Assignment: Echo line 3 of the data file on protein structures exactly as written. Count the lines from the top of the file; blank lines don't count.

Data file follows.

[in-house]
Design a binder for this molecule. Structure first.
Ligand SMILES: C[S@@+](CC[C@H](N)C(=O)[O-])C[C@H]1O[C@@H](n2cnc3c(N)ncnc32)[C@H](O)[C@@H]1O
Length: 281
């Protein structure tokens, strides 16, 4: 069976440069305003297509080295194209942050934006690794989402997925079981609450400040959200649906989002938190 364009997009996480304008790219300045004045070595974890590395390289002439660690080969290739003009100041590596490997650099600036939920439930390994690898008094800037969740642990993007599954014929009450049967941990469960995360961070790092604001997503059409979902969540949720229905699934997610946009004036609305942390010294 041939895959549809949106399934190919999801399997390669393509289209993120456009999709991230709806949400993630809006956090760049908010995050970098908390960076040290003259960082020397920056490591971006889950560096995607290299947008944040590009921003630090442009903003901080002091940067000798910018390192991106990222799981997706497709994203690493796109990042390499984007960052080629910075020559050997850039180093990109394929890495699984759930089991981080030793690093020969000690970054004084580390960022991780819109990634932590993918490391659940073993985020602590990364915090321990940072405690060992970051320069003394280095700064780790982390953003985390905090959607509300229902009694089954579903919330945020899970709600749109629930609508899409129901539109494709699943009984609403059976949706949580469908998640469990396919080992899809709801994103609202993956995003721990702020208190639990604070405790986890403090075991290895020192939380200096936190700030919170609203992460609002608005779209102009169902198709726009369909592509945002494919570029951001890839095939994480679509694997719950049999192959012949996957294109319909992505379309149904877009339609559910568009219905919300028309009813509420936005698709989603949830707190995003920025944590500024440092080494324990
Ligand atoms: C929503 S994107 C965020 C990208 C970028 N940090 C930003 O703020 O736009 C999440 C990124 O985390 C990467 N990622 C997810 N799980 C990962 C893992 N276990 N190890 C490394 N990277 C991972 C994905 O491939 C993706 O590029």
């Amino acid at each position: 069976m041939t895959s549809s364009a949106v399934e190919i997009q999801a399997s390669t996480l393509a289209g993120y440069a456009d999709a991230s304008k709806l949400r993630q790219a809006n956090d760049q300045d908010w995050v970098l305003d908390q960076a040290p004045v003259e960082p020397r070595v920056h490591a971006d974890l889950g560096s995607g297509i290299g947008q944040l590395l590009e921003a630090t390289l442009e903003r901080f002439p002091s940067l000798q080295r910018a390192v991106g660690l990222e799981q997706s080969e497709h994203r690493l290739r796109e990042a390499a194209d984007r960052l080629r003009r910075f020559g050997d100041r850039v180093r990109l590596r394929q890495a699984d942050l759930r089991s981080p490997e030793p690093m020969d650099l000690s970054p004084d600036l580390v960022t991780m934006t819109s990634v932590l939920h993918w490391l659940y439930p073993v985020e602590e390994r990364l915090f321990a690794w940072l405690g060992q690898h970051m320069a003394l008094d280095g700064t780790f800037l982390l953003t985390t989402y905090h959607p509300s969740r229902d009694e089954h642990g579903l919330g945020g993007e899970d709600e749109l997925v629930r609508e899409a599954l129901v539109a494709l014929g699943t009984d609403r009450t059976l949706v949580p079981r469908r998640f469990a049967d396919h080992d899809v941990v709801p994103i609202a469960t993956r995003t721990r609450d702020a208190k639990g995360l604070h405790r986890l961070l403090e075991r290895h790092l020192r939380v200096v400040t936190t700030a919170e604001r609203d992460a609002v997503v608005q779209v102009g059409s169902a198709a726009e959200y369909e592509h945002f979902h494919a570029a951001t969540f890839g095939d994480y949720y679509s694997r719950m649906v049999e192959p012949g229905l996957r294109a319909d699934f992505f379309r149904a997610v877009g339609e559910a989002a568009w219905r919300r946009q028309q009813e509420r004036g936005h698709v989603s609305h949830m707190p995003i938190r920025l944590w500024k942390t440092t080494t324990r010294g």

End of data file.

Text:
Ligand SMILES: C[S@@+](CC[C@H](N)C(=O)[O-])C[C@H]1O[C@@H](n2cnc3c(N)ncnc32)[C@H](O)[C@@H]1O